Far from the heat and dust of the capital, the same heavy machine was used for altruistic purposes. The bulldozer used to clear the way for the people of Darjeeling belongs to Ajoy Edwards, owner of Glenary Bakery and chairman of the Darjeeling branch of the Gorkha National Liberation Front (GNLF).

Although bulldozers are commonly associated with destruction, contractors and corruption, this one has become an icon of humanitarian work. It is expensive to hire one, but his services are provided free of charge as part of the many philanthropic activities carried out by the Edwards Foundation, a charity run by Edwards’ wife, Namrata.

The bulldozer’s services are provided free of charge by the Edwards Foundation, a philanthropic organization led by Ajoy and Namrata Edwards.

Save lives

In addition to digging, the bulldozer has been used extensively to clear roads and assist in rescue efforts during monsoon-triggered landslides. The natural disaster causes roads to collapse or become buried under the rubble, thus blocking communications and making certain areas inaccessible.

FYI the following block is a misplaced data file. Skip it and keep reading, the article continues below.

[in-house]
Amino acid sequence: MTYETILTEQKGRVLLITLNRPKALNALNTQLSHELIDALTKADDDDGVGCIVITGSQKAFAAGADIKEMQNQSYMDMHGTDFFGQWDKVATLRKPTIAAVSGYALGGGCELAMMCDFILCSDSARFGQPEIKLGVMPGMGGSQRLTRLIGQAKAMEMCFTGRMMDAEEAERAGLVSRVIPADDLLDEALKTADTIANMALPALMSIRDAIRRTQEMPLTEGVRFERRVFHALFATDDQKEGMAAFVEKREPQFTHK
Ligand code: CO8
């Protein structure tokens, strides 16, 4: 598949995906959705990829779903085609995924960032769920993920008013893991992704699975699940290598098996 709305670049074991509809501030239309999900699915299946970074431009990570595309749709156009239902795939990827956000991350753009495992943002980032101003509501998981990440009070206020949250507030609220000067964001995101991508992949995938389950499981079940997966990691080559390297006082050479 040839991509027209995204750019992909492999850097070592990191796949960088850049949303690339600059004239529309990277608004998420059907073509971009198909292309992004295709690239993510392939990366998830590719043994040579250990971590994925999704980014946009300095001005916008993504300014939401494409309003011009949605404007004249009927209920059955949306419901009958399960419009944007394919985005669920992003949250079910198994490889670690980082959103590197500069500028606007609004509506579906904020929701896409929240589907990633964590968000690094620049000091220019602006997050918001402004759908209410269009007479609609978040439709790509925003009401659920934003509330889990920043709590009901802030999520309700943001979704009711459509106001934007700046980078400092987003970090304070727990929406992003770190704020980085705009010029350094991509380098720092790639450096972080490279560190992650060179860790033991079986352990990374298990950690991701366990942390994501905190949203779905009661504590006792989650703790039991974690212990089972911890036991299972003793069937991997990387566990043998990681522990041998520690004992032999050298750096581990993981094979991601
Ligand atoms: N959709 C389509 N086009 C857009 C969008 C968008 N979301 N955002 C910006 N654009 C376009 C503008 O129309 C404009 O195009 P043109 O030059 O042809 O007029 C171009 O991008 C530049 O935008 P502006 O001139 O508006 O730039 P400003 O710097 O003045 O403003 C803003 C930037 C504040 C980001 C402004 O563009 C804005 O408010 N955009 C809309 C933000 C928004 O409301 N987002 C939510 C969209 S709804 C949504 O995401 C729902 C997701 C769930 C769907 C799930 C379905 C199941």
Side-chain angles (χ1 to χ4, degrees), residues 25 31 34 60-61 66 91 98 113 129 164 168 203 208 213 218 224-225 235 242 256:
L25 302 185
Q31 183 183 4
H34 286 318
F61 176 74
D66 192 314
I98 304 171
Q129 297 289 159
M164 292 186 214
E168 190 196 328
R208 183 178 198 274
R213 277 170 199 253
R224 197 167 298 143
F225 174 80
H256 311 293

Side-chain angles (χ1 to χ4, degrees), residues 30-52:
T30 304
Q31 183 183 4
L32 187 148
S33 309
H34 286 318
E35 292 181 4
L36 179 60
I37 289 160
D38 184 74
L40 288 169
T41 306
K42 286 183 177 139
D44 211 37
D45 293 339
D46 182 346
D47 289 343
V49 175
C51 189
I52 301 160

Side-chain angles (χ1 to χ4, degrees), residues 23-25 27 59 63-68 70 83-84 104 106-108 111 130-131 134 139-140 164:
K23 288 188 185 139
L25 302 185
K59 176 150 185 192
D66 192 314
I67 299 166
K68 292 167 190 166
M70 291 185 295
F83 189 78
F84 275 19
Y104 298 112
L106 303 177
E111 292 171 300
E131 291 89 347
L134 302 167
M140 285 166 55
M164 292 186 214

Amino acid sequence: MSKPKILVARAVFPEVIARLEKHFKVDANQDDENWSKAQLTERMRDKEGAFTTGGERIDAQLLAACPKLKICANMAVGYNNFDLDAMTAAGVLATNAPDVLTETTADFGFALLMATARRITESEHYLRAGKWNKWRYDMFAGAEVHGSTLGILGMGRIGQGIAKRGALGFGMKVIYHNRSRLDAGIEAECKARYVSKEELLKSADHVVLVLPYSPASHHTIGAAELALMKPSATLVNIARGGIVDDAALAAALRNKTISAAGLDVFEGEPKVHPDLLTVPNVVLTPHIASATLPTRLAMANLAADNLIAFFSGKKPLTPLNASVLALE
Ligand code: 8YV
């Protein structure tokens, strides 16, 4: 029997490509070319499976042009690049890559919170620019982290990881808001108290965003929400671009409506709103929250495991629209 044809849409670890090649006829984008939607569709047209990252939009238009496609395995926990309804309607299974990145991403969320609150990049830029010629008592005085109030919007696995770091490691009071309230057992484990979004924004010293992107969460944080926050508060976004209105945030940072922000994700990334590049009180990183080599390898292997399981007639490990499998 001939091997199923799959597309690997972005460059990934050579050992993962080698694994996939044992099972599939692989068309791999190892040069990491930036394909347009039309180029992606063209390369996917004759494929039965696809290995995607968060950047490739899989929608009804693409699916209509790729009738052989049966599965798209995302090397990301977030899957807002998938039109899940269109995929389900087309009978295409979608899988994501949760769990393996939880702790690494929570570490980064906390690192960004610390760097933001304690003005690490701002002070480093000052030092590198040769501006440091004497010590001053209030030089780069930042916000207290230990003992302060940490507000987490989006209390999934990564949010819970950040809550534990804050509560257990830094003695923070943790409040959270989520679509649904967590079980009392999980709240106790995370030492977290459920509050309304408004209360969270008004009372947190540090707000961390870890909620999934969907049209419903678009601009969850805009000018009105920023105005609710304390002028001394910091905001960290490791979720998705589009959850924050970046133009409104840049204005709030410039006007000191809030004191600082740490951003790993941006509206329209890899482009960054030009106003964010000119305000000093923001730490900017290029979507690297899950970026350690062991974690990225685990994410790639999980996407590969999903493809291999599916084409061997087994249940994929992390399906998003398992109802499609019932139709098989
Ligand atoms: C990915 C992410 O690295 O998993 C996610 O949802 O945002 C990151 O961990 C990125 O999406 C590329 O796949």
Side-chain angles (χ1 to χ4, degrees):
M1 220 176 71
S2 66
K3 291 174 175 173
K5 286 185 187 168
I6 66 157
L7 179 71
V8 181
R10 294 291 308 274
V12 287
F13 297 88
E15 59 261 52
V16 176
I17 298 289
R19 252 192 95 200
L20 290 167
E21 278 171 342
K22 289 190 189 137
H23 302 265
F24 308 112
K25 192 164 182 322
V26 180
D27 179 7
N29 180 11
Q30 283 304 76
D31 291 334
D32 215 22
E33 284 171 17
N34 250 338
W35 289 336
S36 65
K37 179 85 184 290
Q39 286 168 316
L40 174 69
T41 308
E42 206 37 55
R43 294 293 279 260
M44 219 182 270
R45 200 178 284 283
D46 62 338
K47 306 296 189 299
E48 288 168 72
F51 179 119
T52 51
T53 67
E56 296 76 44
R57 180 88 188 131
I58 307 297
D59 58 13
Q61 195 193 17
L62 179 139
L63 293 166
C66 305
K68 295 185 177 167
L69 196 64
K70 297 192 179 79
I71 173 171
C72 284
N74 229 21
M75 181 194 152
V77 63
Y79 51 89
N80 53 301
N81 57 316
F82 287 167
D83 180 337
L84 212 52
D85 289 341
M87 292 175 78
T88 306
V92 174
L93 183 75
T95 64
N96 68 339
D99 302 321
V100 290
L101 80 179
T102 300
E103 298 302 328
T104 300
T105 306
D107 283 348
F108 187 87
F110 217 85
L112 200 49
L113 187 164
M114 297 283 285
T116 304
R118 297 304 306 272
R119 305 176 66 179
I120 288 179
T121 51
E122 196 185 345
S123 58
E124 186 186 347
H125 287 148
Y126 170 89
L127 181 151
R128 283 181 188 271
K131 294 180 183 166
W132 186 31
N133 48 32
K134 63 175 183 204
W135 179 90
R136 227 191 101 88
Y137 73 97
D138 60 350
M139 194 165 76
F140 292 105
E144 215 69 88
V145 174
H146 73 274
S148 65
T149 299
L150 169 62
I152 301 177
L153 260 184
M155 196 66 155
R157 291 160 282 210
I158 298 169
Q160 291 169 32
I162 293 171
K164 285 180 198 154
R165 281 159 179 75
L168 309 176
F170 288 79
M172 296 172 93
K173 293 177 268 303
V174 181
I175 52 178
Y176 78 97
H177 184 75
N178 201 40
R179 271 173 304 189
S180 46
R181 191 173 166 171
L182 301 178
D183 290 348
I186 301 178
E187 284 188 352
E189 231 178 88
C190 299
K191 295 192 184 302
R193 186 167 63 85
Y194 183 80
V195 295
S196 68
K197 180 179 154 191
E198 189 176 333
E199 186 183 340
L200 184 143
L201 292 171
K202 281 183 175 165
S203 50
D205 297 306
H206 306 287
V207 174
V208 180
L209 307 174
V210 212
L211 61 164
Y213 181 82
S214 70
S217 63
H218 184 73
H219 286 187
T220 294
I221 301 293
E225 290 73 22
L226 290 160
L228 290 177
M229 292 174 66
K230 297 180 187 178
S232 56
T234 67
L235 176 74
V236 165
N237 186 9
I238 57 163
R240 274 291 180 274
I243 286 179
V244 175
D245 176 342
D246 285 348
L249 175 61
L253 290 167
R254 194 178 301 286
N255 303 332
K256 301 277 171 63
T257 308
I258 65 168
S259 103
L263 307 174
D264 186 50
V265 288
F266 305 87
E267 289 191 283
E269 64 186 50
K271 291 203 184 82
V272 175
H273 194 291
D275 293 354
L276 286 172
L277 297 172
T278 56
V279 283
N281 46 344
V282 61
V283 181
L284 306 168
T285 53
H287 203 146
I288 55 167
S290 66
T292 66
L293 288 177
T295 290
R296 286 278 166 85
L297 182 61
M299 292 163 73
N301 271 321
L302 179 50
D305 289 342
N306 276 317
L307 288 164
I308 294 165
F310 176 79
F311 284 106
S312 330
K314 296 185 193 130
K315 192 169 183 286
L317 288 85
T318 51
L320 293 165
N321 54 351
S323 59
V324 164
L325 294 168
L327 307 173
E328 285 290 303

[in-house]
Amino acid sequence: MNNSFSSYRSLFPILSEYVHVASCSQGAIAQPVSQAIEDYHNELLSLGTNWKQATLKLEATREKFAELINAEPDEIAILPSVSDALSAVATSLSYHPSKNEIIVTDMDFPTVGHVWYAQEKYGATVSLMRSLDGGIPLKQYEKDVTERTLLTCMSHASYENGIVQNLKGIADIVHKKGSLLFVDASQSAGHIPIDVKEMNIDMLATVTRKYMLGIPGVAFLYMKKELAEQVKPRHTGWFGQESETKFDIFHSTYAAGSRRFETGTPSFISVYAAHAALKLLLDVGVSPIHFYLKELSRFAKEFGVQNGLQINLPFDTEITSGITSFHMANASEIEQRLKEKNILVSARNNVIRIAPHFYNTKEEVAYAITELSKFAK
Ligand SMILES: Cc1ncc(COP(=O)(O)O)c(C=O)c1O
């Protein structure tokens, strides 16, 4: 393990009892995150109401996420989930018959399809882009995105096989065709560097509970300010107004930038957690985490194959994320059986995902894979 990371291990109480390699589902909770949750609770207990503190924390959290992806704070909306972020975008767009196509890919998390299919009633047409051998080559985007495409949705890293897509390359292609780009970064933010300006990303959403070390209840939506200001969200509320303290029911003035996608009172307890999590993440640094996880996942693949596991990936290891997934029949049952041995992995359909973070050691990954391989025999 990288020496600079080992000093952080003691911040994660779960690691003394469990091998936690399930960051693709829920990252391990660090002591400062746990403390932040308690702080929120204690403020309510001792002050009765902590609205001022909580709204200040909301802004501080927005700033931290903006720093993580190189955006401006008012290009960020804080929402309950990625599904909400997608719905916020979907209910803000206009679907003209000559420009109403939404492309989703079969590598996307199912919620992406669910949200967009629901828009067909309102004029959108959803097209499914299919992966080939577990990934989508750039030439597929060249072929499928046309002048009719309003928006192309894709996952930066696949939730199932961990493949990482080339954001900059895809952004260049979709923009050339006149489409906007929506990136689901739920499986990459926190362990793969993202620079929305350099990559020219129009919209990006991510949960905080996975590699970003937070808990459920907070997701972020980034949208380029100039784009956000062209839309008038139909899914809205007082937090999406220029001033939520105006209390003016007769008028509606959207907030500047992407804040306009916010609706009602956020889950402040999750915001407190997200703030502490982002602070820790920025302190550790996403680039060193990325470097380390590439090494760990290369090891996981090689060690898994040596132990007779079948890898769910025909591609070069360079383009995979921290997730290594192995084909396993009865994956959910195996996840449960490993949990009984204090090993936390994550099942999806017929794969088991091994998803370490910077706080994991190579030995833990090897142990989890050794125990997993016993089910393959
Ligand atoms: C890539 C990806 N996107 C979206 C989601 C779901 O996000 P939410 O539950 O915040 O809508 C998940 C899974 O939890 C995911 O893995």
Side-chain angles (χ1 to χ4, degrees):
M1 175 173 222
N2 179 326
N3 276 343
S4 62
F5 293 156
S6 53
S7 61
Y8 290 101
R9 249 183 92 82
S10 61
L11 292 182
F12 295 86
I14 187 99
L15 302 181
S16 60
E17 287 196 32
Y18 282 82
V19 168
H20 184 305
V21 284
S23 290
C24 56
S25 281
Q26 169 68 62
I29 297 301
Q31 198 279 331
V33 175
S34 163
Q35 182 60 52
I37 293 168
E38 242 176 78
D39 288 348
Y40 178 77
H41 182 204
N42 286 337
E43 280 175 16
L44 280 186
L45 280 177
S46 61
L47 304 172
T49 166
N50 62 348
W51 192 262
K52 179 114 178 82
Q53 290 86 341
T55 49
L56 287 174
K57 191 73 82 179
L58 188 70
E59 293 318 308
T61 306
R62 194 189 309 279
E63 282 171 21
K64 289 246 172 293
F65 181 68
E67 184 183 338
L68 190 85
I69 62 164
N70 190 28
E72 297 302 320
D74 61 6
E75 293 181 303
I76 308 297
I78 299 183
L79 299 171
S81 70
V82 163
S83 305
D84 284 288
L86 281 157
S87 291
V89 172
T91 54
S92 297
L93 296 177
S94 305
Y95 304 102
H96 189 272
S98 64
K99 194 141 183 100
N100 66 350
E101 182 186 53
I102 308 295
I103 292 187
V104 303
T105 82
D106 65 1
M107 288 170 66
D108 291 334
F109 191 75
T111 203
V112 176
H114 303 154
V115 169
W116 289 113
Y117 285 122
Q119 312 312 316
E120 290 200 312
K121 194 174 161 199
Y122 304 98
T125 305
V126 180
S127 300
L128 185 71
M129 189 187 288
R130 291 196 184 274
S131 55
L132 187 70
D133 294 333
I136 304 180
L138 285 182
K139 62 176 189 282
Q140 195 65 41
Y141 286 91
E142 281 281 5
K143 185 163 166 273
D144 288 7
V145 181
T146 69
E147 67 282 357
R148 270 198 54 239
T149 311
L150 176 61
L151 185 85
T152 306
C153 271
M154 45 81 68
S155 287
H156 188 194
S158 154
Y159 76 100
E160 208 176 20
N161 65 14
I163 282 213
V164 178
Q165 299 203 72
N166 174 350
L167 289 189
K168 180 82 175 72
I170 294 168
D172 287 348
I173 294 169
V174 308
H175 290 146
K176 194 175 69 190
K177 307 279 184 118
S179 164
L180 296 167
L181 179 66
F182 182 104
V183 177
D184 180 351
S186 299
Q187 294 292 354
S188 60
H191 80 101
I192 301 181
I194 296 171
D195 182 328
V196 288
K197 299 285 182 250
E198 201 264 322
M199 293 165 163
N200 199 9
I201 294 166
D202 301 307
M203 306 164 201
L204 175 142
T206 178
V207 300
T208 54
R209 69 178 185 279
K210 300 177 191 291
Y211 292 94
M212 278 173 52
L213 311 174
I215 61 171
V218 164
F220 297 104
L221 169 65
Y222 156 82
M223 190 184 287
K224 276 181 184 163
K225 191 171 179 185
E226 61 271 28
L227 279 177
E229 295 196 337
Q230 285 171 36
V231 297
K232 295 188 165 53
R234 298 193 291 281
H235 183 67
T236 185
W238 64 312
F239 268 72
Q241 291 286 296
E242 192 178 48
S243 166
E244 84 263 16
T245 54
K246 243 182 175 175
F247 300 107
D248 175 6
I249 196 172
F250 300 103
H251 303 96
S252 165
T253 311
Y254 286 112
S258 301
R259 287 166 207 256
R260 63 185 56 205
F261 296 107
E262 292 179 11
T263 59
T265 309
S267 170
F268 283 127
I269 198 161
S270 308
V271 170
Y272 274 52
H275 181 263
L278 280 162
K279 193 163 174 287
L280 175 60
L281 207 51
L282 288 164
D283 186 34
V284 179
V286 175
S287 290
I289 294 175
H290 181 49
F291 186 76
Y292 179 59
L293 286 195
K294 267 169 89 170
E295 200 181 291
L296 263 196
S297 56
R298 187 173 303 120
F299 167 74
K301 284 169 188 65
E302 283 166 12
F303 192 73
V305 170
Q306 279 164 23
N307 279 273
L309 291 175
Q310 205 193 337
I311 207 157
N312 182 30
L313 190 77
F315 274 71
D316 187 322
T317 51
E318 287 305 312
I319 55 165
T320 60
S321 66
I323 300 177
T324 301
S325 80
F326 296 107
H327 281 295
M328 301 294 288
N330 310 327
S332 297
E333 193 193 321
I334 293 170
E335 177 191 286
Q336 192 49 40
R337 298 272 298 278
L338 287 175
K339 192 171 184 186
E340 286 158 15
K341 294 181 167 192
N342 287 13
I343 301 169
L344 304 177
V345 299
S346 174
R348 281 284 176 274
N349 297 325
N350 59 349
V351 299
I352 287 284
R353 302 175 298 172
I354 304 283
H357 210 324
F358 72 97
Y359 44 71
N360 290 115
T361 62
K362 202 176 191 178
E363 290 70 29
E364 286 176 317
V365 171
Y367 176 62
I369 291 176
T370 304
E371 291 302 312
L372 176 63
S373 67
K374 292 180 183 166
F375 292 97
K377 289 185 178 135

“Whenever a village or a road was blocked, the bulldozer was sent, even to remote areas around Darjeeling and Kalimpong,” Edwards said. Bulldozer operator Wangdi said he had cleared more than 30 landslides and dug roads in nearly 100 villages in the past year.

Although he was first deployed for landslide relief work, villagers gradually began to request his services for the construction of roads connecting their villages to main roads, as some approved roads were incomplete or missing. did not reach the villages. In some villages, like Samthar Kavi in ​​Kalimpong, a completely new track had to be made through the forest.